Why Do More Home Theater Fans Retire to Florida?

Last week, Time Warner Cable said that it has successfully tested distribution of a high-definition TV feed from Home Box Office and will soon begin delivering it in the upgraded areas of its Tampa, Florida cable operation using equipment from Scientific-Atlanta, Inc. According to Time Warner, this marks the first time HBO's HDTV signal has been made available to cable customers using a form of signal-modulation technology known as QAM, which allows two HDTV channels to be delivered in the same bandwidth needed for one off-air HDTV channel.

With about 800,000 subscribers, Tampa Bay is Time Warner's second largest system. (The company has almost 13 million subscribers in the US.) The company says that in extensive testing, the HBO signal was delivered to an HDTV set in Tampa via Scientific-Atlanta's Explorer 2000HD set-top, which enables owners of first-generation HDTVs---which receive off-air high-definition signals---to receive hi-def programming via cable.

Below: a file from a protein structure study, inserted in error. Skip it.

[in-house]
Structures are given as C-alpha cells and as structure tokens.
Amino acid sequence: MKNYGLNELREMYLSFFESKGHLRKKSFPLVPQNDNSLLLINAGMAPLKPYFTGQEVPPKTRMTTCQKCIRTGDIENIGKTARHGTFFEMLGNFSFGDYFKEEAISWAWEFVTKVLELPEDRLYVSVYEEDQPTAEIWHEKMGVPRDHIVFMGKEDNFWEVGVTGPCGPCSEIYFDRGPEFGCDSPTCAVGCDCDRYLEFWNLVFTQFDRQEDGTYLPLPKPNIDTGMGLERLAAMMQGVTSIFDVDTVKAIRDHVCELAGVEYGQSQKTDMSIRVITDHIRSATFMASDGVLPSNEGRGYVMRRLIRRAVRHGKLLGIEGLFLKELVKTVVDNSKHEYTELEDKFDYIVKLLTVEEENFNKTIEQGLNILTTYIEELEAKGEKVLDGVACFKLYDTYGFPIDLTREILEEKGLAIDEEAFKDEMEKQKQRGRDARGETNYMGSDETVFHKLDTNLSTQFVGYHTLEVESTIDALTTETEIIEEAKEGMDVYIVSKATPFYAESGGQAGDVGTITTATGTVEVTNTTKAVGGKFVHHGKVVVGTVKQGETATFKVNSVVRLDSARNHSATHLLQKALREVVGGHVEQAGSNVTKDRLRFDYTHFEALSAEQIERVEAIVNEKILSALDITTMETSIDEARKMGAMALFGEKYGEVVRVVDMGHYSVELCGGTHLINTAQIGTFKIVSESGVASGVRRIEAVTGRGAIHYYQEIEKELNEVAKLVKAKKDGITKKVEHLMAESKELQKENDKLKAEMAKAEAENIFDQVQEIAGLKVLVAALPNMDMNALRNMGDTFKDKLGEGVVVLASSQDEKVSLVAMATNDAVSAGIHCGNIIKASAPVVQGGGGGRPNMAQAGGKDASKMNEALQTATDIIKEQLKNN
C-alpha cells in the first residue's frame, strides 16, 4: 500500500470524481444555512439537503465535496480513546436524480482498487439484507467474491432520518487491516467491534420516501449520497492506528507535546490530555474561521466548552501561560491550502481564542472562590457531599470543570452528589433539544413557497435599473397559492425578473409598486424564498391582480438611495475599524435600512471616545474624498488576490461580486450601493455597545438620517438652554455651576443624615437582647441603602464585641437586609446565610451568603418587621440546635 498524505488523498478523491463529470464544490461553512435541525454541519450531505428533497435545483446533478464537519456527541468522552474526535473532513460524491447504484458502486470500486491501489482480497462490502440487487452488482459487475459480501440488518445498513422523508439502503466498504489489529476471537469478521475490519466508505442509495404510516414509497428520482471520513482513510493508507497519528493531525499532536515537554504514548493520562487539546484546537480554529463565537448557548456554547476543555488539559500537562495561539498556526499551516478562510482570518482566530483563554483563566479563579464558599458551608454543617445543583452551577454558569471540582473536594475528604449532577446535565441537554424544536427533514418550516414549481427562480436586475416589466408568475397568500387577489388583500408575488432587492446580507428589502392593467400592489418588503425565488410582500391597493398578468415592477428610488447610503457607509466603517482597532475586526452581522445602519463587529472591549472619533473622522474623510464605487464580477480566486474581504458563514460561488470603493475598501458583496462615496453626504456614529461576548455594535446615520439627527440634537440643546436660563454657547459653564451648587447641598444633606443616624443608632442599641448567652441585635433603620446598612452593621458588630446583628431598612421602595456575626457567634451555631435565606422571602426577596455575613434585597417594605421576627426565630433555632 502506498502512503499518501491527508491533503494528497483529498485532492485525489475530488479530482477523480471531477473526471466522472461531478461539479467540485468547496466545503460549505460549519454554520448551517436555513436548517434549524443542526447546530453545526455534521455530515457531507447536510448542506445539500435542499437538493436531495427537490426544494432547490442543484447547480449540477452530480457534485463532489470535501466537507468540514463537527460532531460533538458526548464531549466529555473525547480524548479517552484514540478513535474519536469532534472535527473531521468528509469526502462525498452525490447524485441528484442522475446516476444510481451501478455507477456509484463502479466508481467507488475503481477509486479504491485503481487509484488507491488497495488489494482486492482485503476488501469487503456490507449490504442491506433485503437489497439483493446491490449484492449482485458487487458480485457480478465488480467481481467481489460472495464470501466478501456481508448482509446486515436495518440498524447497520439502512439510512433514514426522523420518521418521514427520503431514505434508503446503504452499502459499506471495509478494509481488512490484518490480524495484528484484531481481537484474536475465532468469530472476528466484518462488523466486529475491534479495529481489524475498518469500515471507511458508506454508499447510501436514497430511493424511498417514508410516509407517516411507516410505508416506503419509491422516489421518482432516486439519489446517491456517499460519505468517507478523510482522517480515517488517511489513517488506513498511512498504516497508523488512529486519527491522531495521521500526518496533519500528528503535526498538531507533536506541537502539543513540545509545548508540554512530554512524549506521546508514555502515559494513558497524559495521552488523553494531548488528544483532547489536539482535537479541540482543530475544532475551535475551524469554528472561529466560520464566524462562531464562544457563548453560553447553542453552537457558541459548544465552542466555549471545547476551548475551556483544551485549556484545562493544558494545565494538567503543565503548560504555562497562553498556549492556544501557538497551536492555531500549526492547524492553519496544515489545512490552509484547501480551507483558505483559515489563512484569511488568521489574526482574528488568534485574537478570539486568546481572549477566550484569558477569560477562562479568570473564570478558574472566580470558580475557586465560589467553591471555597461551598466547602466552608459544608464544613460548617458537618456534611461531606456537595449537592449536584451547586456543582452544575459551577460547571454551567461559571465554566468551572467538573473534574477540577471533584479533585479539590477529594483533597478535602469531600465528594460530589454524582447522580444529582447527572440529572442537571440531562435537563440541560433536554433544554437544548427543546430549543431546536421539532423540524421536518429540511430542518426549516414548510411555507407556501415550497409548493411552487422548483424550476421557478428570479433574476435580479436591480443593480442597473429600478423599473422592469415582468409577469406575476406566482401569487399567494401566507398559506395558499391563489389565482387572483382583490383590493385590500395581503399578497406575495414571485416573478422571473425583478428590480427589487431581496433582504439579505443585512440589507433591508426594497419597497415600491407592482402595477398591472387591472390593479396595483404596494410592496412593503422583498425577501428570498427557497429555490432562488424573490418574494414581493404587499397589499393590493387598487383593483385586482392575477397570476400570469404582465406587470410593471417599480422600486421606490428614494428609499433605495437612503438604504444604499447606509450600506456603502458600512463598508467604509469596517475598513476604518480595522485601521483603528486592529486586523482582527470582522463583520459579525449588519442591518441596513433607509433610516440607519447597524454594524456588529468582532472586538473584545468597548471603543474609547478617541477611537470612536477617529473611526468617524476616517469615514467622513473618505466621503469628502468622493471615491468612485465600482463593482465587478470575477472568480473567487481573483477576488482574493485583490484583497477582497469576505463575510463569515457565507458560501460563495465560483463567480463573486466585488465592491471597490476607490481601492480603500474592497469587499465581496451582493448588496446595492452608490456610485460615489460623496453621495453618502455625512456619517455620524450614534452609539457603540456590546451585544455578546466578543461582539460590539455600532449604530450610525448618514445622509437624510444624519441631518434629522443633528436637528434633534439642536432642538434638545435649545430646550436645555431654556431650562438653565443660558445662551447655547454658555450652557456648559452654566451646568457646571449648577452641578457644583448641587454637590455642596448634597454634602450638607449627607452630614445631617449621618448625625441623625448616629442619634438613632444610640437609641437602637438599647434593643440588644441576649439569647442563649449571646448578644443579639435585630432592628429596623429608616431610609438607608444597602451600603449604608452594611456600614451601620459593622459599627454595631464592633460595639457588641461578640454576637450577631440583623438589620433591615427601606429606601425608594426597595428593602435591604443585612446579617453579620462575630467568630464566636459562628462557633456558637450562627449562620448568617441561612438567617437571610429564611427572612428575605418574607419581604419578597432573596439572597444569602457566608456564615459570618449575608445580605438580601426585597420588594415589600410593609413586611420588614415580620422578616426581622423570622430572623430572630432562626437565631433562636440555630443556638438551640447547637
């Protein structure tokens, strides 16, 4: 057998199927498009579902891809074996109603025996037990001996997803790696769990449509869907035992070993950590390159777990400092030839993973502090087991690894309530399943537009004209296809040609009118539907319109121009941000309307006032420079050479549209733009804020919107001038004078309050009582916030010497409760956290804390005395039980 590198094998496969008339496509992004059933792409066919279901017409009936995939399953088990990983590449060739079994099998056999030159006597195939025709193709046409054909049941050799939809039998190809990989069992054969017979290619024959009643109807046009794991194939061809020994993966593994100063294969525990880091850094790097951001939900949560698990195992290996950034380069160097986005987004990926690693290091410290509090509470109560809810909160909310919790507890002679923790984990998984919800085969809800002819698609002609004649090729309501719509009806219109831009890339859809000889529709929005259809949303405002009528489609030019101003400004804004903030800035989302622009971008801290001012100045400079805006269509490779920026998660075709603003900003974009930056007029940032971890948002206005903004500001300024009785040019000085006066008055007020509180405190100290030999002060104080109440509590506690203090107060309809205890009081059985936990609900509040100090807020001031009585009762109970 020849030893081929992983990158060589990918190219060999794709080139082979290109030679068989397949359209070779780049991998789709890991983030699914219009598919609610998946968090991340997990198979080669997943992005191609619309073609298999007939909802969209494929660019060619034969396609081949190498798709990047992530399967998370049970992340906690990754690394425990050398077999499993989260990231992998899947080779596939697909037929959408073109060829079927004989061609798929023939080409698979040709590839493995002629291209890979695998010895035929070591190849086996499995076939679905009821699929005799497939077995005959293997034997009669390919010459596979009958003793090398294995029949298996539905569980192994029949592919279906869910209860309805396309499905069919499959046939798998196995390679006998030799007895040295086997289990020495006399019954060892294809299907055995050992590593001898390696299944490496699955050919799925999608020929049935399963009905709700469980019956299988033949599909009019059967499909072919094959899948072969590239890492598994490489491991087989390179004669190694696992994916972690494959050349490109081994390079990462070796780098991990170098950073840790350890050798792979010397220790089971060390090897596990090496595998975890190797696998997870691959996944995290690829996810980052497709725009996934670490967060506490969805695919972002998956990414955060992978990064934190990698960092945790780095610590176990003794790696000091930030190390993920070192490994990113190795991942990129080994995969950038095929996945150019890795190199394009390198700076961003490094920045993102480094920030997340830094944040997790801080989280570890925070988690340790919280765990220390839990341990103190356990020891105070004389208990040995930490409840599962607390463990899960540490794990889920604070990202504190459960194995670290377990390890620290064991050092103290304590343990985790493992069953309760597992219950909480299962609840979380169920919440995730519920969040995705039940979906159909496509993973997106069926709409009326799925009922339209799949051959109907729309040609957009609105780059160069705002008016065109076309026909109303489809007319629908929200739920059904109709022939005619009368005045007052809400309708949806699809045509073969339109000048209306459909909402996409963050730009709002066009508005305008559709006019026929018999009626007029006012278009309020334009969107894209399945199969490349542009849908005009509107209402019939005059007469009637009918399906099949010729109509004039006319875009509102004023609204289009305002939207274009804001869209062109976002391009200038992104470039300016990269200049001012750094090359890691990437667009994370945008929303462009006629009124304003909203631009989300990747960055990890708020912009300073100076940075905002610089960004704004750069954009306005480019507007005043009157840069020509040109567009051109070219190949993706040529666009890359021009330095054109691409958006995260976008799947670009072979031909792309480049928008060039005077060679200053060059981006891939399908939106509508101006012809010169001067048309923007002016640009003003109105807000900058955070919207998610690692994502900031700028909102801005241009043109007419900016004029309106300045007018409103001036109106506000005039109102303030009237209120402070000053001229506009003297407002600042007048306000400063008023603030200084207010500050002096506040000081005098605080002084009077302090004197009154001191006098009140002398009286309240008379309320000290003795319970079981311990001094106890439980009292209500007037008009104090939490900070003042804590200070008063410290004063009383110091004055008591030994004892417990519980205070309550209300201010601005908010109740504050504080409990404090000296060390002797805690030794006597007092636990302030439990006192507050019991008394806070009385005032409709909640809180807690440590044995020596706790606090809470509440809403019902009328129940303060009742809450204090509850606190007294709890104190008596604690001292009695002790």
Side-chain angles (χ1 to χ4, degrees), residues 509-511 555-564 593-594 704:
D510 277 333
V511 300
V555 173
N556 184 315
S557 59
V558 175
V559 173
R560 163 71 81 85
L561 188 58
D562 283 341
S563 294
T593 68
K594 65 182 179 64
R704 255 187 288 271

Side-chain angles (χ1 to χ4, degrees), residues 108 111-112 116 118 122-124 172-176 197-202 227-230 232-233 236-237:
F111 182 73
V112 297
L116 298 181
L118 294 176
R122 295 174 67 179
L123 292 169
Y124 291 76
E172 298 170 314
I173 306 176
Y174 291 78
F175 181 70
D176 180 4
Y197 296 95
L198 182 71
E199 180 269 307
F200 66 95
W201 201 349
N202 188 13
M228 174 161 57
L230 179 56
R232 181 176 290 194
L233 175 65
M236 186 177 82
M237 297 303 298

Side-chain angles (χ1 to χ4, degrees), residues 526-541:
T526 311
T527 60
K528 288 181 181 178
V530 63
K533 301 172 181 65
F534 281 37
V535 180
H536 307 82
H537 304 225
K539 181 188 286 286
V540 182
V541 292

Jim Chiddix, Chief Technical Officer of Time Warner Cable, stated that "Time Warner Cable is strongly committed to rolling out HDTV. We will soon be able to deliver HDTV programming by cable to our early-adopter subscribers who are hungry to start viewing programs with the powerful reality enabled by this exciting technology. Later this year we'll start delivering HBO's HD programming in Tampa Bay's upgraded areas, and add other channels as they begin broadcasting high-definition programs. We look forward to working with Scientific-Atlanta to bring high-definition programming to our subscribers as this breakthrough technology evolves."

According to Dr. Bill Wall, technical director of subscriber networks for Scientific-Atlanta, "this is a significant milestone in the histories of the cable, broadcasting, programming, and consumer electronics industries. Our work with Time Warner is a first step toward a new generation of advanced digital television viewing. By the end of 1999, high-definition television sets and a new Explorer set-top model are expected to incorporate the IEEE 1394 FireWire standard, which makes newer HDTVs directly compatible with cable."

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